Wednesday, December 6, 2023

Jalisco cartels find new recruits among kids on the street

Money, clothes, food and medicine — those are a few of the perks that Jalisco crime cartels offer to lure street kids aged between 8 and 20 to their ranks.

An organization that provides aid to street kids said that the majority of children and adolescents working for the cartels are used to package or sell drugs.

According to the National Institute of Statistics and Geography (Inegi), at least two million minors between 5 and 17 years old held illegal jobs in the state in 2017.

The head of the school of law at the University of Guadalajara said the offer of money, a job and drugs makes it easy for cartels to find recruits among youths living on the street with little to occupy their time and little chance of bettering their condition.

“If one doesn’t have anything to do, he gets sucked into an evil lifestyle, ” said Marco Antonio González Mora.

“The street is a monster with a thousand pincers that can arrive suddenly and without warning from any direction, and even if you’re very careful and don’t want to fall, you fall,” said “O,” a youth who lived on the street as a child and now works for a nonprofit organization that provides assistance to children in the greater Guadalajara metropolitan area.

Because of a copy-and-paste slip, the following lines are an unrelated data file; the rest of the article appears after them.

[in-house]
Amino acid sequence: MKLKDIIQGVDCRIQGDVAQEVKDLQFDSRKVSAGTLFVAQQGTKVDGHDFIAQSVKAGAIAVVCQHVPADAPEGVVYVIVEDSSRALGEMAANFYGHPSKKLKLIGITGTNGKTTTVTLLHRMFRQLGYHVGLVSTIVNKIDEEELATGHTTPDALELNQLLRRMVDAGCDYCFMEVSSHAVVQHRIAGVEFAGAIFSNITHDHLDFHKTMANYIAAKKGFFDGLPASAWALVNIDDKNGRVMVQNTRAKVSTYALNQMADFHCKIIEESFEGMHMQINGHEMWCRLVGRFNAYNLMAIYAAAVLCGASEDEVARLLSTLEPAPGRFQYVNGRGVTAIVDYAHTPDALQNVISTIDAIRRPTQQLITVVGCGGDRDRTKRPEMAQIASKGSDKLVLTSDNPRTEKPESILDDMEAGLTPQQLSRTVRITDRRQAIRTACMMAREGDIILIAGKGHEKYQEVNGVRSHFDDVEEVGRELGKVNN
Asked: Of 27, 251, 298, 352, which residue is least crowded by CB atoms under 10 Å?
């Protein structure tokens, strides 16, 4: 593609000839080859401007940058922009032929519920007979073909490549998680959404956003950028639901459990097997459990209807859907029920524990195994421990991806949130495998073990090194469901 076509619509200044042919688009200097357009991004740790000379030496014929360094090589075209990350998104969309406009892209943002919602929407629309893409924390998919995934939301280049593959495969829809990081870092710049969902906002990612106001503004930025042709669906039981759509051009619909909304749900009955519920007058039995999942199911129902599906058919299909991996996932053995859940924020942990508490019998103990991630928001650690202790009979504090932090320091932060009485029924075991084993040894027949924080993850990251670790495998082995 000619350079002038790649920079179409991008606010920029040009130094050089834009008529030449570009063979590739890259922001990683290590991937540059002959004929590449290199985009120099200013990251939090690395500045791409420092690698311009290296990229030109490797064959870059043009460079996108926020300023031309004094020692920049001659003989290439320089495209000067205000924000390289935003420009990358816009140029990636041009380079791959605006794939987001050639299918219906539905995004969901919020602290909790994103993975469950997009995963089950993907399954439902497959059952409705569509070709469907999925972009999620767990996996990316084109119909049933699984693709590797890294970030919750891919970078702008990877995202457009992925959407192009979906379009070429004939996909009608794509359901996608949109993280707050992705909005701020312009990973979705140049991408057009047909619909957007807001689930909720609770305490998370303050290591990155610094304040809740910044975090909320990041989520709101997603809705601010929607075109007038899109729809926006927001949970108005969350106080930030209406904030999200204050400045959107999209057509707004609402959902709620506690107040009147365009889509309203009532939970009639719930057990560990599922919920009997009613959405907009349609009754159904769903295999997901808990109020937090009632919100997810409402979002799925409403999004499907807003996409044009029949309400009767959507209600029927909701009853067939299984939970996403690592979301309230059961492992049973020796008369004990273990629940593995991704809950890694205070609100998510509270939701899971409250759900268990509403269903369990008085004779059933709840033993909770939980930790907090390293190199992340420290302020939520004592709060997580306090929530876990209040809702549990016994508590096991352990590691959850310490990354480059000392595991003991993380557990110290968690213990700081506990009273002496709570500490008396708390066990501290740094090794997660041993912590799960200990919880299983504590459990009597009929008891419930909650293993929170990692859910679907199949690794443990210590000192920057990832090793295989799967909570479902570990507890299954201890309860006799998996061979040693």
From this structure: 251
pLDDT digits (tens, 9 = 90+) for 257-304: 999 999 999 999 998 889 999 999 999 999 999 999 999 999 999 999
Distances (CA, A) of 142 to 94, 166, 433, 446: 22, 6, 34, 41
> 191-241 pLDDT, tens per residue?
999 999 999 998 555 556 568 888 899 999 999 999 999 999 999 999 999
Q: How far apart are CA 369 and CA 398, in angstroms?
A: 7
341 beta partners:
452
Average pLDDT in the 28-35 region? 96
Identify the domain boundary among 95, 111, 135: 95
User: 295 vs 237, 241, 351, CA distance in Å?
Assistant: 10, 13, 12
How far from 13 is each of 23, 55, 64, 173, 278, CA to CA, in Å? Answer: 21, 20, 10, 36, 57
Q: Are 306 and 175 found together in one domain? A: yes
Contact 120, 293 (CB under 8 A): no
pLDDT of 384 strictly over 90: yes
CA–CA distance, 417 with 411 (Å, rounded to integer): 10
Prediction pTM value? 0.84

O said that minors looking for work are the cartels’ preferred victims. “J,” 17, is such a minor. J says that his history with the cartels began because he was looking for work to help his parents with household expenditures.

“What type of job can an underage boy, a minor, get? Maybe washing cars, but there’s no money in that. If he doesn’t have anything to do, he falls into an evil lifestyle.”

J explained the cartels look for their youngest recruits on the streets of municipalities like Tonalá and Tlajomulco. The drug gangs often show them more kindness and consistency than they have been accustomed to up to that point in their lives.

O lived for 13 years on the Cerro del Cuatro in Tlaquepaque, notorious for murder and drug trafficking, and recalled that during her years of work with the cartels they could often be more dependable employers than the government.

“It’s not as if they just pay by the day; no, they pay a weekly salary, and if someone gets sick, they pay for the medicine. I mean, they actually follow through, which is something the government doesn’t do.”

O said she finally decided to leave her life with the cartels and seek rehabilitation when she witnessed the fate of other youths in her situation including that of a couple that once held control of illicit trade in certain neighborhoods, and were violently killed.

Source: Reforma (sp)

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